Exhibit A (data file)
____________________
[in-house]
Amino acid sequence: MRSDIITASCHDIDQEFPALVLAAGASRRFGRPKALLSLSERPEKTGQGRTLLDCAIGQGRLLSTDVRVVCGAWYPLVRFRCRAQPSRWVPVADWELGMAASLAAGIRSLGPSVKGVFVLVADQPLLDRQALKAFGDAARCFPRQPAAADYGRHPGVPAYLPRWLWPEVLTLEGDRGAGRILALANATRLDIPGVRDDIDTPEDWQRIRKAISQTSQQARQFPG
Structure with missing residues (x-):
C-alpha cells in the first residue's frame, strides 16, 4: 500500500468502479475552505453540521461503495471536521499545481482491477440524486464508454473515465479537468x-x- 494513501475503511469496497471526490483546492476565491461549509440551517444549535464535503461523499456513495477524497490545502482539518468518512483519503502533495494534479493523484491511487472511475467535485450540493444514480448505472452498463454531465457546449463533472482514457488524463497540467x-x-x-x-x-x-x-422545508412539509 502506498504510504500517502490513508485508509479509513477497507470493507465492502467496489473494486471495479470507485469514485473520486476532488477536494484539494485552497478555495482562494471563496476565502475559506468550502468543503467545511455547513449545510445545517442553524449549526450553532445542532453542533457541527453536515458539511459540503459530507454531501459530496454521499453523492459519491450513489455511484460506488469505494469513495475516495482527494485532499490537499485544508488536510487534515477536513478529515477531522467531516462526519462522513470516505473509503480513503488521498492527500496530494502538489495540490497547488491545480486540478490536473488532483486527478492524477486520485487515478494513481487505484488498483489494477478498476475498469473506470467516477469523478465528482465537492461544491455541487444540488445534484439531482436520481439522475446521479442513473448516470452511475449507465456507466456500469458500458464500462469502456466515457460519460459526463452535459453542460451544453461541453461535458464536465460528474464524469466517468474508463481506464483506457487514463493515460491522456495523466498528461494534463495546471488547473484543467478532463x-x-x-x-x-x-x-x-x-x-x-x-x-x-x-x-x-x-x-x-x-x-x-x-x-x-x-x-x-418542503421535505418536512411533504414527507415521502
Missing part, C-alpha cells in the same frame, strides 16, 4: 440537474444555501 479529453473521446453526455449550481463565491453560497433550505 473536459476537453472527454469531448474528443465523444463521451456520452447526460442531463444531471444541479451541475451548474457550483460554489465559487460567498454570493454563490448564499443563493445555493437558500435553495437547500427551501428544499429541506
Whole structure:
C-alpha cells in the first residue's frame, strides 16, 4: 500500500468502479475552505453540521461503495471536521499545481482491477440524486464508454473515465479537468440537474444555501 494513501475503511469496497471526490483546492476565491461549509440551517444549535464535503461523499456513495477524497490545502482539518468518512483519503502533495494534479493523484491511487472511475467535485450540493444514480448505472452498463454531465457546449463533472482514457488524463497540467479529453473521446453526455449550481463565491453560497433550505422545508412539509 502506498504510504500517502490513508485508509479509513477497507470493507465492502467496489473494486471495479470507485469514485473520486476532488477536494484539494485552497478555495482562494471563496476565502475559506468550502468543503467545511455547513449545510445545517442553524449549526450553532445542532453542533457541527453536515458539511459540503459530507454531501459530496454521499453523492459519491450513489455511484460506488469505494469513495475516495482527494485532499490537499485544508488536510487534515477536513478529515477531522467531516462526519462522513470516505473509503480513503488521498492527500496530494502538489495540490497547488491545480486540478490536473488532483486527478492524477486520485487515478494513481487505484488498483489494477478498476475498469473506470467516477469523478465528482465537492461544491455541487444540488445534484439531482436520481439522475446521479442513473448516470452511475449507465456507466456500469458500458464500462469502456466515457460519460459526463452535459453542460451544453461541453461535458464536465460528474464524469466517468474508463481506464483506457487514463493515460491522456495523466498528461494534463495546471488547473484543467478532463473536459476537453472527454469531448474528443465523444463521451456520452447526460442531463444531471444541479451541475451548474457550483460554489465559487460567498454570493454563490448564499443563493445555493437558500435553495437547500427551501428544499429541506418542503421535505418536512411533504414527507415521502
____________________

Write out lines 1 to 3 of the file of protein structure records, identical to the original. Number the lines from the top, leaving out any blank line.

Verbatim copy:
[in-house]
Amino acid sequence: MRSDIITASCHDIDQEFPALVLAAGASRRFGRPKALLSLSERPEKTGQGRTLLDCAIGQGRLLSTDVRVVCGAWYPLVRFRCRAQPSRWVPVADWELGMAASLAAGIRSLGPSVKGVFVLVADQPLLDRQALKAFGDAARCFPRQPAAADYGRHPGVPAYLPRWLWPEVLTLEGDRGAGRILALANATRLDIPGVRDDIDTPEDWQRIRKAISQTSQQARQFPG
Structure with missing residues (x-):